US social scientist Kenneth Boulding : ‘If you believe exponential growth can go on in a finite world, you are either a madman or an economist’.

Sunday, 14 February 2010

14/2/10: Valentine's Day bird-watching

Another well-led London Natural History Society bash, this time to the Waterworks Nature Reserve and Golf Course in the Lea Valley

the Lea Valley Riding Centre over the road, and Walthamstow Marshes.

The former includes a ring of old filter beds allowed to reach various stages of succession, from largely open water, to increasing amounts of reeds, wet meadow and Willow carr. There is a circular walkway in the middle, ringed by a bird hide 'wall' with lift-up flaps and viewing 'windows' opposite each bed.

Before entering the site proper, two Sparrowhawks were seen overhead, and a Grey Wagtail was by the canal.

On the filter beds, great views were had of Teal (the males have some fantastically cream feathering), Snipe, Shoveler, Little Grebe and Green Sandpiper. A Cetti's Warbler was heard (not that I would have known that's what it was without the leader saying so), ditto Water Rail.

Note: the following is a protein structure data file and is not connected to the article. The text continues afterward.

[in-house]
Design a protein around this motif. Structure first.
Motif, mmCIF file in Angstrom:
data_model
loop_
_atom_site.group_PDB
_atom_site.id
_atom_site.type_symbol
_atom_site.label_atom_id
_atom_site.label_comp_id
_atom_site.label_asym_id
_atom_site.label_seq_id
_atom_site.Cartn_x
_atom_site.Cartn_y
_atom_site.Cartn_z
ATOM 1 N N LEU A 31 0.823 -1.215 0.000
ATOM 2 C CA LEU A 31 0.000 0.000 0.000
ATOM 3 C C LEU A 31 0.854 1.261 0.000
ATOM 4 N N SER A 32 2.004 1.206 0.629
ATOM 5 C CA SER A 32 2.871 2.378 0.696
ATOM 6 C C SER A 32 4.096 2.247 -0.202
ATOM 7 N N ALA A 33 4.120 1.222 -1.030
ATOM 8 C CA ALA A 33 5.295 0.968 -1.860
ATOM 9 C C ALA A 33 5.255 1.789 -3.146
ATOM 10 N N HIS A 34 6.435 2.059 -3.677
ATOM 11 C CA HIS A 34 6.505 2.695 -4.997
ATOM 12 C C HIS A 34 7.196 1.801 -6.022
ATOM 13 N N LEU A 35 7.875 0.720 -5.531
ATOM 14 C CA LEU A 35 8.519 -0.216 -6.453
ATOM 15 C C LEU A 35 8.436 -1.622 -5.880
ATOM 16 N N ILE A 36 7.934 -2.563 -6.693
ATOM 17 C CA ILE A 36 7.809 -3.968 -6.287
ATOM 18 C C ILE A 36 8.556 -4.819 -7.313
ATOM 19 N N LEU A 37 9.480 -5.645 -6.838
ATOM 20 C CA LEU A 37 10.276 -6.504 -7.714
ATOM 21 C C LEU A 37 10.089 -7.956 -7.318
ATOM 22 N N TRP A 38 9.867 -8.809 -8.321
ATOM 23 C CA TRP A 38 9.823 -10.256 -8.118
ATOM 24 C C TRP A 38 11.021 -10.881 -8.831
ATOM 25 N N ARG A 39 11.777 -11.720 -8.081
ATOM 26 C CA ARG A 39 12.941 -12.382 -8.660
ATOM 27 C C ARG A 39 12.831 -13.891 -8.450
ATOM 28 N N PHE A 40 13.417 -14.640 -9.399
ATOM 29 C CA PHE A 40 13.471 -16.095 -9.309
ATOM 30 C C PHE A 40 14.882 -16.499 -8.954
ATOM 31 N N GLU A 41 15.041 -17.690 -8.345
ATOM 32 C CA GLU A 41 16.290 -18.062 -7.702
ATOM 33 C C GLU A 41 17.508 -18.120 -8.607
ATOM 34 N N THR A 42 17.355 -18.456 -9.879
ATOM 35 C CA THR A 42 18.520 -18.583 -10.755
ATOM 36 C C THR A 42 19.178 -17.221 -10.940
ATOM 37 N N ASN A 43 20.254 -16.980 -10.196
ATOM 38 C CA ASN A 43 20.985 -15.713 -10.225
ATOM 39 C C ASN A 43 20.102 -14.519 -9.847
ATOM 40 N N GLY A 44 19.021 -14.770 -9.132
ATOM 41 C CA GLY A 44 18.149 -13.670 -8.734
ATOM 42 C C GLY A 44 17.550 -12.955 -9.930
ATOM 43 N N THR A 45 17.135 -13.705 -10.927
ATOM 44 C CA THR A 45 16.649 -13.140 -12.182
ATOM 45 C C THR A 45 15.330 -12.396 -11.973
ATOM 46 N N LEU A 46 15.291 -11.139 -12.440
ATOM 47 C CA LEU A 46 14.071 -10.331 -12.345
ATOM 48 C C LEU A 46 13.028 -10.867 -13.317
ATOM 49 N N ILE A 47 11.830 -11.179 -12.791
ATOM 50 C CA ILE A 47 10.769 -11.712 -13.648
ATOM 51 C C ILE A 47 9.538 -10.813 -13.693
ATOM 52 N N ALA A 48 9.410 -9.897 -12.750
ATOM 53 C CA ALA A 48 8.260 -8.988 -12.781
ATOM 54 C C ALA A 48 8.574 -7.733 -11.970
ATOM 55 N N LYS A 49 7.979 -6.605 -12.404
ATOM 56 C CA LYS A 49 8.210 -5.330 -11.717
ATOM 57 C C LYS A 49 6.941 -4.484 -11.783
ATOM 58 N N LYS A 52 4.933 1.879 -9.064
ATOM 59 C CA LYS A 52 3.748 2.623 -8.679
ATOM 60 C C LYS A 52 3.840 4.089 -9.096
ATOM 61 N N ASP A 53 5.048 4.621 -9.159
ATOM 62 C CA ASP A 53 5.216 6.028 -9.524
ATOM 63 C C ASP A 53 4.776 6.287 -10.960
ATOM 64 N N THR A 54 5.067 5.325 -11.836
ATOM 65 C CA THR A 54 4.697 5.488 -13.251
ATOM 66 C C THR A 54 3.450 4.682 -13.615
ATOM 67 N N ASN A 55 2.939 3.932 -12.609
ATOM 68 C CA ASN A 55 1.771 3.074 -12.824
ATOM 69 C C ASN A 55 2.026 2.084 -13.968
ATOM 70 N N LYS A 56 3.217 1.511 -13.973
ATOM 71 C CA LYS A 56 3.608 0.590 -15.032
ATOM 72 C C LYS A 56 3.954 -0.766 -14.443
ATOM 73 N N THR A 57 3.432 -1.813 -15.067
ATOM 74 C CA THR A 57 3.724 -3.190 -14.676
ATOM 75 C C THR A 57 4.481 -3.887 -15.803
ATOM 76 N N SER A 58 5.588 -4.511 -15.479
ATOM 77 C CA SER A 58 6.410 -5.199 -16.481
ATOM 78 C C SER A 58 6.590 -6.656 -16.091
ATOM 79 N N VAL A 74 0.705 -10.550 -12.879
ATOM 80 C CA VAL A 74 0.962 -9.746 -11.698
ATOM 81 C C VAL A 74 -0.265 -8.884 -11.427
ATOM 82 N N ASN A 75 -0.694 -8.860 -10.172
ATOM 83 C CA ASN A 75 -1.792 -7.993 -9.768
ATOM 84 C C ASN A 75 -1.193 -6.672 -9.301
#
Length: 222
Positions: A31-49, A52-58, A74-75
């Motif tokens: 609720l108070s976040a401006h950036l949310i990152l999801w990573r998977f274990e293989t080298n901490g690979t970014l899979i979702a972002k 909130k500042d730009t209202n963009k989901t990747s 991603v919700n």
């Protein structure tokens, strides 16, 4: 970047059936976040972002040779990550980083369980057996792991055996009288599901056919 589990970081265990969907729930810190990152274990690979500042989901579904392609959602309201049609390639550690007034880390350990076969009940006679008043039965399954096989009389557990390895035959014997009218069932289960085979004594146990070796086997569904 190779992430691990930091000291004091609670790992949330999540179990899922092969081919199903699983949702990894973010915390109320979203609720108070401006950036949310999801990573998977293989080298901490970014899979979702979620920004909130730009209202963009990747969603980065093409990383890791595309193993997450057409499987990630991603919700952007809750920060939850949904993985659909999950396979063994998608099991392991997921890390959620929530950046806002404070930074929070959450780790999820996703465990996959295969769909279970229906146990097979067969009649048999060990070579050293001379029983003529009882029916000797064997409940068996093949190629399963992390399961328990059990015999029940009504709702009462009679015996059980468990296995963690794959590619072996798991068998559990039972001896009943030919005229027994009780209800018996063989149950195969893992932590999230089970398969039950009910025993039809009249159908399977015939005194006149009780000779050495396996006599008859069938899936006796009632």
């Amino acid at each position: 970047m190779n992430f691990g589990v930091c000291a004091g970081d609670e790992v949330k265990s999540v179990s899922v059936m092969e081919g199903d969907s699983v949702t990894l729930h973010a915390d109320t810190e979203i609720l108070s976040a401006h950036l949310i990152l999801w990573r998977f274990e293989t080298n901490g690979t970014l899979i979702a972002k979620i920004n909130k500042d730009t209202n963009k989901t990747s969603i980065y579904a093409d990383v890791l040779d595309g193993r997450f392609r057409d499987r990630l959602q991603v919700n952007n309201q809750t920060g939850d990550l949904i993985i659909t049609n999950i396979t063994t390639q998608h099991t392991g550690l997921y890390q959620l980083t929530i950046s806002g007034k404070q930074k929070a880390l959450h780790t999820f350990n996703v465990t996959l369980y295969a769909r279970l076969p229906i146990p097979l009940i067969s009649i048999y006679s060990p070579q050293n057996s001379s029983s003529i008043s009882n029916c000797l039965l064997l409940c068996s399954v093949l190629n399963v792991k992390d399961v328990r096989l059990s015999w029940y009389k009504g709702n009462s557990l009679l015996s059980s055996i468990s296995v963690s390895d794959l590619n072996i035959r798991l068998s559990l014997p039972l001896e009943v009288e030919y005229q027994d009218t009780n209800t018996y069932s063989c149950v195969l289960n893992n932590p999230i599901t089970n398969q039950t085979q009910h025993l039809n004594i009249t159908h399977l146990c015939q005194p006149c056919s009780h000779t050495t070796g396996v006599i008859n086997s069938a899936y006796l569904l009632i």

Unprepossessing grass and horse-trampled fields in the Riding Centre were awash with large numbers of Redwing and Fieldfare, also a few Mistle Thrushes. Here we also had good views (through another members' telescope) of a Little Owl well camouflaged in a big old Willow tree and a pair of Stock Doves, both 'firsts' for myself.

Apart from a Kestrel, there wasn't anything of note on Walthamstow Marsh South.

Plant-wise, the stand-out was the large amount of Tansy bordering the canal channel, at both the Filter Beds and Riding School sites.

A worthwhile trip to a location well-served by buses, and a reasonable walk from Clapton railway station.

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